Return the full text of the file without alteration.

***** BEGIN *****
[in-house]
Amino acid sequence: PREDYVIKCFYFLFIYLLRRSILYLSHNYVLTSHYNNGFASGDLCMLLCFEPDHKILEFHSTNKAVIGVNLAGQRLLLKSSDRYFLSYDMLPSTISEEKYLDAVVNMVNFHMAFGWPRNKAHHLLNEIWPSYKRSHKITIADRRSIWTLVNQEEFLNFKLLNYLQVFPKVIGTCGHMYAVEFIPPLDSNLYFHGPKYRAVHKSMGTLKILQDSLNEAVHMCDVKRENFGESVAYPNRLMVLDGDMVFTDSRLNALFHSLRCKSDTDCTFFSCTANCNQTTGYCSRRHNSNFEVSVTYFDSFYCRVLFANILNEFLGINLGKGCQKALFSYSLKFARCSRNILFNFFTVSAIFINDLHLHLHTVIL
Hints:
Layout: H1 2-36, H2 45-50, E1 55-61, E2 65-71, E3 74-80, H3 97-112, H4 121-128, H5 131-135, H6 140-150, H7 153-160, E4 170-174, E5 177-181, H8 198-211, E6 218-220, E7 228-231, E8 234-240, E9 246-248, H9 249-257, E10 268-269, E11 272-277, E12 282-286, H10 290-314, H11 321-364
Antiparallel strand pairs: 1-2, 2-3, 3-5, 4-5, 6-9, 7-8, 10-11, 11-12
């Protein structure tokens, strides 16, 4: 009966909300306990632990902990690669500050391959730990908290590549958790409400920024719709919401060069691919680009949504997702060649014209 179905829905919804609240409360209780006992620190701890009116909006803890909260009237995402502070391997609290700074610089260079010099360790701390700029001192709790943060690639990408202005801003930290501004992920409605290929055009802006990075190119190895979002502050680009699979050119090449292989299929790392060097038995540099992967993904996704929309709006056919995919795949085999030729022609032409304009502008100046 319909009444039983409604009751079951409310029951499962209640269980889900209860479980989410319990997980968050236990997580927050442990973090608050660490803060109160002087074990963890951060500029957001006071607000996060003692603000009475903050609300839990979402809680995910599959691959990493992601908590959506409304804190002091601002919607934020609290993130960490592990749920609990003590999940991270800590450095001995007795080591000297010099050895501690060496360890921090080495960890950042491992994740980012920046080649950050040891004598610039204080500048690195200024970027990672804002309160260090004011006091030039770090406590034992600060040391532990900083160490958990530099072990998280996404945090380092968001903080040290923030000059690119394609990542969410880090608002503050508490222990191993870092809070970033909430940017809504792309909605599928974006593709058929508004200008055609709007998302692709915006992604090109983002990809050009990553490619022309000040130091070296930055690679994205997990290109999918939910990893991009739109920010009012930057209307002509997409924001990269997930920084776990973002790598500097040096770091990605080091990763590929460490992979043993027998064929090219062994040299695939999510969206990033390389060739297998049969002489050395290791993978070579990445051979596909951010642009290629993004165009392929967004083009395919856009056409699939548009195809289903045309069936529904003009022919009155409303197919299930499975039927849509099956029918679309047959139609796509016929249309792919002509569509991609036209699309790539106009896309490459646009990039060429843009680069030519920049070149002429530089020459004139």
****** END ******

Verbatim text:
[in-house]
Amino acid sequence: PREDYVIKCFYFLFIYLLRRSILYLSHNYVLTSHYNNGFASGDLCMLLCFEPDHKILEFHSTNKAVIGVNLAGQRLLLKSSDRYFLSYDMLPSTISEEKYLDAVVNMVNFHMAFGWPRNKAHHLLNEIWPSYKRSHKITIADRRSIWTLVNQEEFLNFKLLNYLQVFPKVIGTCGHMYAVEFIPPLDSNLYFHGPKYRAVHKSMGTLKILQDSLNEAVHMCDVKRENFGESVAYPNRLMVLDGDMVFTDSRLNALFHSLRCKSDTDCTFFSCTANCNQTTGYCSRRHNSNFEVSVTYFDSFYCRVLFANILNEFLGINLGKGCQKALFSYSLKFARCSRNILFNFFTVSAIFINDLHLHLHTVIL
Hints:
Layout: H1 2-36, H2 45-50, E1 55-61, E2 65-71, E3 74-80, H3 97-112, H4 121-128, H5 131-135, H6 140-150, H7 153-160, E4 170-174, E5 177-181, H8 198-211, E6 218-220, E7 228-231, E8 234-240, E9 246-248, H9 249-257, E10 268-269, E11 272-277, E12 282-286, H10 290-314, H11 321-364
Antiparallel strand pairs: 1-2, 2-3, 3-5, 4-5, 6-9, 7-8, 10-11, 11-12
């Protein structure tokens, strides 16, 4: 009966909300306990632990902990690669500050391959730990908290590549958790409400920024719709919401060069691919680009949504997702060649014209 179905829905919804609240409360209780006992620190701890009116909006803890909260009237995402502070391997609290700074610089260079010099360790701390700029001192709790943060690639990408202005801003930290501004992920409605290929055009802006990075190119190895979002502050680009699979050119090449292989299929790392060097038995540099992967993904996704929309709006056919995919795949085999030729022609032409304009502008100046 319909009444039983409604009751079951409310029951499962209640269980889900209860479980989410319990997980968050236990997580927050442990973090608050660490803060109160002087074990963890951060500029957001006071607000996060003692603000009475903050609300839990979402809680995910599959691959990493992601908590959506409304804190002091601002919607934020609290993130960490592990749920609990003590999940991270800590450095001995007795080591000297010099050895501690060496360890921090080495960890950042491992994740980012920046080649950050040891004598610039204080500048690195200024970027990672804002309160260090004011006091030039770090406590034992600060040391532990900083160490958990530099072990998280996404945090380092968001903080040290923030000059690119394609990542969410880090608002503050508490222990191993870092809070970033909430940017809504792309909605599928974006593709058929508004200008055609709007998302692709915006992604090109983002990809050009990553490619022309000040130091070296930055690679994205997990290109999918939910990893991009739109920010009012930057209307002509997409924001990269997930920084776990973002790598500097040096770091990605080091990763590929460490992979043993027998064929090219062994040299695939999510969206990033390389060739297998049969002489050395290791993978070579990445051979596909951010642009290629993004165009392929967004083009395919856009056409699939548009195809289903045309069936529904003009022919009155409303197919299930499975039927849509099956029918679309047959139609796509016929249309792919002509569509991609036209699309790539106009896309490459646009990039060429843009680069030519920049070149002429530089020459004139």